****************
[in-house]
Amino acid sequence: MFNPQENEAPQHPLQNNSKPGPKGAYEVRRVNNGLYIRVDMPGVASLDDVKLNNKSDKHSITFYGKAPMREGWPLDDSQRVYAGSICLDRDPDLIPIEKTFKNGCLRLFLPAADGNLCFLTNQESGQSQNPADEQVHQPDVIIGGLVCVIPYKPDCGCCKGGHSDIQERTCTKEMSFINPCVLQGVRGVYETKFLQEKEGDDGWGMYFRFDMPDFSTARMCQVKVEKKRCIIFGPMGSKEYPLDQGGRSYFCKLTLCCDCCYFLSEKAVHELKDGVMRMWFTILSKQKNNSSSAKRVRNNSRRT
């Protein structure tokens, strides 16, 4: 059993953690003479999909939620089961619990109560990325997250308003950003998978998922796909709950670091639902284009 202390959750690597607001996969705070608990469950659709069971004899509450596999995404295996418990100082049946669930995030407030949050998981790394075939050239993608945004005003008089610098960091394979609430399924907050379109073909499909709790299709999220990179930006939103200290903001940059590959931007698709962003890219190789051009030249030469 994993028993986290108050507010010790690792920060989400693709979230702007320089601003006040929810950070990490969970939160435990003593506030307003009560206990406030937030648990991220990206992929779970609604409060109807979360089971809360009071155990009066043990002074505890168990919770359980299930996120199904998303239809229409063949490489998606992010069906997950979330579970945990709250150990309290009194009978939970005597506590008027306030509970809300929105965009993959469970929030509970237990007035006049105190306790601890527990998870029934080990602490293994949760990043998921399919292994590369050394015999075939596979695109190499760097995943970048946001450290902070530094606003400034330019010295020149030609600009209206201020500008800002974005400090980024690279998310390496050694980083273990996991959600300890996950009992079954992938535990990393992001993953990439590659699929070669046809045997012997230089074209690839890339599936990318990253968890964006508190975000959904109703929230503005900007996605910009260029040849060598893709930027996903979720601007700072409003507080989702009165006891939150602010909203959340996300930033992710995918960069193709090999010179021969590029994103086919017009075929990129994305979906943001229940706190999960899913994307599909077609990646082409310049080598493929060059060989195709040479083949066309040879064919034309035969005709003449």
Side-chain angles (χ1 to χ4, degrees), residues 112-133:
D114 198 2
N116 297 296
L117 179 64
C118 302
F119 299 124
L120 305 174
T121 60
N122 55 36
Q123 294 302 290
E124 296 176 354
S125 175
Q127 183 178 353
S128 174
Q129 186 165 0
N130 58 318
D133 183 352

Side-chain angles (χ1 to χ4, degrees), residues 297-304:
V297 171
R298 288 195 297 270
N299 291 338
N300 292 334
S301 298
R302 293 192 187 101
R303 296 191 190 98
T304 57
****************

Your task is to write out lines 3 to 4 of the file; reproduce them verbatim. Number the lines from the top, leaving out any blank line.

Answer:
């Protein structure tokens, strides 16, 4: 059993953690003479999909939620089961619990109560990325997250308003950003998978998922796909709950670091639902284009 202390959750690597607001996969705070608990469950659709069971004899509450596999995404295996418990100082049946669930995030407030949050998981790394075939050239993608945004005003008089610098960091394979609430399924907050379109073909499909709790299709999220990179930006939103200290903001940059590959931007698709962003890219190789051009030249030469 994993028993986290108050507010010790690792920060989400693709979230702007320089601003006040929810950070990490969970939160435990003593506030307003009560206990406030937030648990991220990206992929779970609604409060109807979360089971809360009071155990009066043990002074505890168990919770359980299930996120199904998303239809229409063949490489998606992010069906997950979330579970945990709250150990309290009194009978939970005597506590008027306030509970809300929105965009993959469970929030509970237990007035006049105190306790601890527990998870029934080990602490293994949760990043998921399919292994590369050394015999075939596979695109190499760097995943970048946001450290902070530094606003400034330019010295020149030609600009209206201020500008800002974005400090980024690279998310390496050694980083273990996991959600300890996950009992079954992938535990990393992001993953990439590659699929070669046809045997012997230089074209690839890339599936990318990253968890964006508190975000959904109703929230503005900007996605910009260029040849060598893709930027996903979720601007700072409003507080989702009165006891939150602010909203959340996300930033992710995918960069193709090999010179021969590029994103086919017009075929990129994305979906943001229940706190999960899913994307599909077609990646082409310049080598493929060059060989195709040479083949066309040879064919034309035969005709003449």
Side-chain angles (χ1 to χ4, degrees), residues 112-133: